“As I made my final attack, my right wing struck something. I went into a terrific spin. There was no response from my controls.“I flung the hood back and struggled to get out. I must have been doing well over 400 m.p.h. when I finally got out of the cockpit. The wind was so strong it was like a piece of an airplane hitting me. People on the ground told me later that my parachute opened at only three hundred feet.“I spun across a house in Chelsea, got my feet down on a gutter, slid down the roof, and fell into the garden on my back. Then two girls came up to me, and I was so glad to see them that I kissed them both.”Ray Holmes landed in Hugh Street and, as soon he had his wits about him, he was born off to a pub in Pimlico Road by the locals for a stiff brandy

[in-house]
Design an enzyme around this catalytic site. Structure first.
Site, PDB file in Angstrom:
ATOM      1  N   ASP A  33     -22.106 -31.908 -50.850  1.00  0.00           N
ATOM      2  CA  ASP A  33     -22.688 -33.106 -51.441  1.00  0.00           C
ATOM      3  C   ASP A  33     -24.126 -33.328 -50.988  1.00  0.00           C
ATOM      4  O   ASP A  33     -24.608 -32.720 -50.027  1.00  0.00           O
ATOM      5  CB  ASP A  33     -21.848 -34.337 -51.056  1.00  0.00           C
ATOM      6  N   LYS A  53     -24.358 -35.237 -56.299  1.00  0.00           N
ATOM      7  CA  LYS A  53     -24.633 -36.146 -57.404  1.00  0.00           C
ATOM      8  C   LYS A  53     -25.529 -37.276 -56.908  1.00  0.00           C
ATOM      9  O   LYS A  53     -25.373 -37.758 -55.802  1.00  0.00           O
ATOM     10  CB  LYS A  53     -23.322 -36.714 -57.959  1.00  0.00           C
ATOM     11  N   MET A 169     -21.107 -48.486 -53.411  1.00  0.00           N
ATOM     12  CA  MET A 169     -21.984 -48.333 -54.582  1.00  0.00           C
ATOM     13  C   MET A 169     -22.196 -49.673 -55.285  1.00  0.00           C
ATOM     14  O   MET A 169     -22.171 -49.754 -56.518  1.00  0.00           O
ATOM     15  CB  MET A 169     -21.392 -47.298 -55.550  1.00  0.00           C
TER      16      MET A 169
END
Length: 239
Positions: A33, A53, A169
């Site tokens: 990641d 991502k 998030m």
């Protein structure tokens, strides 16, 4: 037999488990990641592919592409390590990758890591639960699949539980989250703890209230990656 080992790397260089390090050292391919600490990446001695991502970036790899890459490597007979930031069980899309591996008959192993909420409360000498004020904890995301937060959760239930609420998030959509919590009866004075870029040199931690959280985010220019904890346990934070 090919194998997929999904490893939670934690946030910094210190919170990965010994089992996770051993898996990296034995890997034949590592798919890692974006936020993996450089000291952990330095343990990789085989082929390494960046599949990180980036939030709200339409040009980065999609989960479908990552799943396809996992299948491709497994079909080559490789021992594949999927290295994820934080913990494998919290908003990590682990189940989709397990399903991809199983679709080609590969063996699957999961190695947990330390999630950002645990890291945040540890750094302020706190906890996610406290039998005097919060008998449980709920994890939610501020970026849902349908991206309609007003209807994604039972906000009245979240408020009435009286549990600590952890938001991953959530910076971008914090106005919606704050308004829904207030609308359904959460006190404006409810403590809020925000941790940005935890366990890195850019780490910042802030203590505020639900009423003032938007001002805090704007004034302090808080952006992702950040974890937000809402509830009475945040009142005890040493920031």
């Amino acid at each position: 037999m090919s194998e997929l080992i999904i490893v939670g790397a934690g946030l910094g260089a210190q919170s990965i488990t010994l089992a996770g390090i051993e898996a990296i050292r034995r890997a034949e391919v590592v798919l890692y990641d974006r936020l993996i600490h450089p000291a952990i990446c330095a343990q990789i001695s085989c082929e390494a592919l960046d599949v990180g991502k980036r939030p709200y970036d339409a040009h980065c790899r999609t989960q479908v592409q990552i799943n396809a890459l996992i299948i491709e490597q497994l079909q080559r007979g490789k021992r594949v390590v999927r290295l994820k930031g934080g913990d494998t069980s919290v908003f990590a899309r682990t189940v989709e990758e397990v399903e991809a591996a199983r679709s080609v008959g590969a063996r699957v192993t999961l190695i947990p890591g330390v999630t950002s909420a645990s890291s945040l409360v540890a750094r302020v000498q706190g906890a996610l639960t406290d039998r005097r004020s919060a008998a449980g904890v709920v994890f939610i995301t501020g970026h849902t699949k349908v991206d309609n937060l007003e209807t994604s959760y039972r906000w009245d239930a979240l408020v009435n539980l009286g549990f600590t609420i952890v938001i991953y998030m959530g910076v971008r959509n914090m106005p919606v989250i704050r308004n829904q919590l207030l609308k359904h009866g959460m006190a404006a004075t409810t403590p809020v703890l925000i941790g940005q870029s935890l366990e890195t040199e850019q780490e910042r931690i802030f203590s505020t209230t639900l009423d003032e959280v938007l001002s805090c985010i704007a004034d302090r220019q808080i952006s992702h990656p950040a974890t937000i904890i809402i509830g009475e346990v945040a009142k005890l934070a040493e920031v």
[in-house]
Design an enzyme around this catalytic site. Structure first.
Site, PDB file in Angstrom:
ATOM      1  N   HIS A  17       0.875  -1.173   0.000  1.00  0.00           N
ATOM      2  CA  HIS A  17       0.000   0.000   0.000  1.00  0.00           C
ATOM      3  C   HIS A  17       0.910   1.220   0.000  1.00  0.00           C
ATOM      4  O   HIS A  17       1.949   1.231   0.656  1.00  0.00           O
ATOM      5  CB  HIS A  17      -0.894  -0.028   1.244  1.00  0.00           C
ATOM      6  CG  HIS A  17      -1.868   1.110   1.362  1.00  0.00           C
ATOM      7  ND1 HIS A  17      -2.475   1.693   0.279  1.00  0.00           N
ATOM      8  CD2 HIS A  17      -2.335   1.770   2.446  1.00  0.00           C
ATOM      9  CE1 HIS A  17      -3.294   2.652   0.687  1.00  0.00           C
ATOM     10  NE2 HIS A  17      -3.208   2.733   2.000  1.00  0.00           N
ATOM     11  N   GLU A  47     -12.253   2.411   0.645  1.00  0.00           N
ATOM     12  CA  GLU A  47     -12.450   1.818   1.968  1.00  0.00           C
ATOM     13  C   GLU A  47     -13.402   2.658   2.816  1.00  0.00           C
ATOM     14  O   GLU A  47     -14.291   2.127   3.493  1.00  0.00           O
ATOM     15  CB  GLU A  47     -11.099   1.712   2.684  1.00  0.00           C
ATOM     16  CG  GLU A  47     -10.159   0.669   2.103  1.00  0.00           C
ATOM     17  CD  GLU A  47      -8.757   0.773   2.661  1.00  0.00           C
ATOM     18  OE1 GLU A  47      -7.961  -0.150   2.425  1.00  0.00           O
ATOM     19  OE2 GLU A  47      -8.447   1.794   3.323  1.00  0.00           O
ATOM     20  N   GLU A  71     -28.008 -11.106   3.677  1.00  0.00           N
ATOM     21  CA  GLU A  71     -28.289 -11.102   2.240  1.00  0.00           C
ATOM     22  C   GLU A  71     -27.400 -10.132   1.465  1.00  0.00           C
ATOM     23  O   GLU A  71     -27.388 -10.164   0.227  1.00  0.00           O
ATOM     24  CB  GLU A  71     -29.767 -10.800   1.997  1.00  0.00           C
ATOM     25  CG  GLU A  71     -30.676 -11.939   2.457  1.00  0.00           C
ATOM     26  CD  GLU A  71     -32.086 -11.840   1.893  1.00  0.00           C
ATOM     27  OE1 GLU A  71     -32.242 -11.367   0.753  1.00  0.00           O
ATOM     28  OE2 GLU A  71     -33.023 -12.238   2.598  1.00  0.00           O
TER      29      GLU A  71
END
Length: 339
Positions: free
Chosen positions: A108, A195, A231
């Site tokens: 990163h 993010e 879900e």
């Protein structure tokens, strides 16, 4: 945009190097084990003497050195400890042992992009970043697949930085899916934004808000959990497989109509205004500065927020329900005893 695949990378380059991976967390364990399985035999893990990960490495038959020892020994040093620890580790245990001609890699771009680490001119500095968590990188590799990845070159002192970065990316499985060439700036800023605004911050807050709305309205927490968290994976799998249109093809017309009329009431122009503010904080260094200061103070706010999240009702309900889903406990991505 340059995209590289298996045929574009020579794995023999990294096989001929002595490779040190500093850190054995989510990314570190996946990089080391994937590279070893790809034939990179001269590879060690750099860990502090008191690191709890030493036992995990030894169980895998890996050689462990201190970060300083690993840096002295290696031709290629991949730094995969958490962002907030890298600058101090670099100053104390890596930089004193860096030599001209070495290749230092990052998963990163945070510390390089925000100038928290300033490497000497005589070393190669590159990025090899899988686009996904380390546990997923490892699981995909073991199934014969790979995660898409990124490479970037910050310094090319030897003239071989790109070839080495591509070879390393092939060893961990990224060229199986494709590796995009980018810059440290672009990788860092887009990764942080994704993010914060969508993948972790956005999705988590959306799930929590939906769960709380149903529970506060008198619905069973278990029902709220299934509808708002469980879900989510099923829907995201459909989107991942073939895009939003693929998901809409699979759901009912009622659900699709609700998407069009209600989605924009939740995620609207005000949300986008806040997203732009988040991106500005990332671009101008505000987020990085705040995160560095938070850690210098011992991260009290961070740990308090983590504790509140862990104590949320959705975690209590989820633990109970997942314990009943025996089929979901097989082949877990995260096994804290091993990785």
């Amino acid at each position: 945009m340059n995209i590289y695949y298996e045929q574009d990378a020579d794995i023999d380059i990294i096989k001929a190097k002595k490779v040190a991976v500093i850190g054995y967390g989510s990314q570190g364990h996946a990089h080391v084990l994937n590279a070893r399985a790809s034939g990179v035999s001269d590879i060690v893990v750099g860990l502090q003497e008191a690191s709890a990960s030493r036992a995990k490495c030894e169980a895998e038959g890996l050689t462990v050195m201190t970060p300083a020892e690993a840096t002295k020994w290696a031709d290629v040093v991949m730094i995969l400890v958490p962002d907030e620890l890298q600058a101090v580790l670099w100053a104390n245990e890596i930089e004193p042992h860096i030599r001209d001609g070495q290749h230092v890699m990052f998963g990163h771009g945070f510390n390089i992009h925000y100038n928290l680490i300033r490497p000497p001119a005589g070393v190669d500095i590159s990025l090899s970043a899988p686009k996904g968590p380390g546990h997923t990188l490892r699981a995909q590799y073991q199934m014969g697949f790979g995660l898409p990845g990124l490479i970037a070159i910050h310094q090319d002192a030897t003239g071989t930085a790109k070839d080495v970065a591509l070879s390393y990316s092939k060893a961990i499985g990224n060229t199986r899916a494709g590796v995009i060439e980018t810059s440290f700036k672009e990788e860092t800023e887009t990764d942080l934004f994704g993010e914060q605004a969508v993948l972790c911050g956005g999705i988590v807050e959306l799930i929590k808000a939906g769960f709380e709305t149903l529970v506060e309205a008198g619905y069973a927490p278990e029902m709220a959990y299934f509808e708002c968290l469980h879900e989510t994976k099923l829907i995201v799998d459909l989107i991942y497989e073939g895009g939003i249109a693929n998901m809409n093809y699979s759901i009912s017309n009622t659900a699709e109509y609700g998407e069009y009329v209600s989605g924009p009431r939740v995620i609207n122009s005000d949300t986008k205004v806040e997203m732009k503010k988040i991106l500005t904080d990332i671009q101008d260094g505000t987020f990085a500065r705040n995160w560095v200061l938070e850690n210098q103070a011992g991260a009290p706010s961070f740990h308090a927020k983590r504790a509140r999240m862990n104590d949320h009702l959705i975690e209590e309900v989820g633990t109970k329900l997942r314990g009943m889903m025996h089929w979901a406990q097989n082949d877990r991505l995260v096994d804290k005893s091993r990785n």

Fragments from Ray’s Hurricane. Merlin engine parts and a piece of artificial horizon.

As the Dornier broke up its bombs fell, unarmed, over London. Two 50 kilo bombs fell in the grounds of Buckingham Palace, one on the palace’s lawn. A shackle was found still attached to one of the bombs and was presented to the King. In the days before, several bombs had fallen on the palace and caused damage; now a bomber been brought down within sight of it. Soon journalists had hold of the story and, in its re-telling, the story became embroidered and elaborated upon. Soon the hero fighter pilot had deliberately rammed the German moments before it dropped its deadly cargo on the Royal family – he had saved the King single-handed!